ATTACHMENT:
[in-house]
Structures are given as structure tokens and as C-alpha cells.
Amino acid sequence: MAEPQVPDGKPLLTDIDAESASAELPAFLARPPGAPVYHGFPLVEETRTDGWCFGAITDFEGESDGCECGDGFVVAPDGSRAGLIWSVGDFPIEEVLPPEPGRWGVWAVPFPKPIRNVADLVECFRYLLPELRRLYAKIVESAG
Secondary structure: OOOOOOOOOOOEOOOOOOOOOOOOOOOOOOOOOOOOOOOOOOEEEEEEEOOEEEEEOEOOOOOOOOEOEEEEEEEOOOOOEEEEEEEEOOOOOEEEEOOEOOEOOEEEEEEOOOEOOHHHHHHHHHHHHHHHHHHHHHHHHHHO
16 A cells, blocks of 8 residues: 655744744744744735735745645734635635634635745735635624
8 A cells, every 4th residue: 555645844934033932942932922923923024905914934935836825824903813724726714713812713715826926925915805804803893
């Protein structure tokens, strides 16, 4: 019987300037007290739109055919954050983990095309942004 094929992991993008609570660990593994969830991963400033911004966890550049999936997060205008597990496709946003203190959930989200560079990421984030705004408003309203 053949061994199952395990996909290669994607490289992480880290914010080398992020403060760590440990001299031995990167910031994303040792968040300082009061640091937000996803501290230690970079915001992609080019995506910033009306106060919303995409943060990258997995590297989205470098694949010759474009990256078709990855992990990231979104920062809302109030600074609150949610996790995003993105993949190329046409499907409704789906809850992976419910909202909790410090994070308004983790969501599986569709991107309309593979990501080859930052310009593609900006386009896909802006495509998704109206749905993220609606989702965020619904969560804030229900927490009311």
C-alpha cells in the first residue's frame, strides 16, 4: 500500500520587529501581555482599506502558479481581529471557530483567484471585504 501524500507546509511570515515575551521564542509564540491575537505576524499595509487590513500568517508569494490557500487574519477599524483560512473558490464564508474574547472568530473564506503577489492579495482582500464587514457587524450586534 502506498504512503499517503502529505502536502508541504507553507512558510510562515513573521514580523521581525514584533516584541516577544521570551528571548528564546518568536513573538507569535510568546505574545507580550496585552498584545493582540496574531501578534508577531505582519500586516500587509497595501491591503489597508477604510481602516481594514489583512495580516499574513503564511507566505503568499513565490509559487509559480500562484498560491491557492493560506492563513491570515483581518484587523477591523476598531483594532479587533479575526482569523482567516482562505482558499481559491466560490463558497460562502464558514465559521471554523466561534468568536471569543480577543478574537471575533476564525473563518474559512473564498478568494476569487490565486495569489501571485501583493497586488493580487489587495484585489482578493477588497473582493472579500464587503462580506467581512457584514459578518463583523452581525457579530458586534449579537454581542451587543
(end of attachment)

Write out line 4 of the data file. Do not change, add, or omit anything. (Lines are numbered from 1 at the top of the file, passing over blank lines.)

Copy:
Secondary structure: OOOOOOOOOOOEOOOOOOOOOOOOOOOOOOOOOOOOOOOOOOEEEEEEEOOEEEEEOEOOOOOOOOEOEEEEEEEOOOOOEEEEEEEEOOOOOEEEEOOEOOEOOEEEEEEOOOEOOHHHHHHHHHHHHHHHHHHHHHHHHHHO